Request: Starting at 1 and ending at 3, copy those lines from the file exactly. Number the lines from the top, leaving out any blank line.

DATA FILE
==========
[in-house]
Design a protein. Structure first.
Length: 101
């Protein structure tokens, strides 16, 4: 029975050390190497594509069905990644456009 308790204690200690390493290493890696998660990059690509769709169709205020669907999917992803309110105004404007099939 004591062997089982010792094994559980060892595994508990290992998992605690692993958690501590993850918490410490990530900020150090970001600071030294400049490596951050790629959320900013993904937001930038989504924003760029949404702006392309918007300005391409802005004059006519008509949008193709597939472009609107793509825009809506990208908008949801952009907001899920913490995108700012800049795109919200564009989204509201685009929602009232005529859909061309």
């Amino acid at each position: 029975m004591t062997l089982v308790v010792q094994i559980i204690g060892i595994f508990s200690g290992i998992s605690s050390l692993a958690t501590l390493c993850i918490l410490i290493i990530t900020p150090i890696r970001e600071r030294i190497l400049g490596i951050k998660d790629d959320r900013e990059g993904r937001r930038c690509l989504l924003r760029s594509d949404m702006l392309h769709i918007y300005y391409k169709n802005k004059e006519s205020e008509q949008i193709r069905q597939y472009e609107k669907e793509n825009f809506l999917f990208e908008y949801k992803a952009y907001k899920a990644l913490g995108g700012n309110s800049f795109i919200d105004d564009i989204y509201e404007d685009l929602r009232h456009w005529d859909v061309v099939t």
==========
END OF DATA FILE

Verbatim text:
[in-house]
Design a protein. Structure first.
Length: 101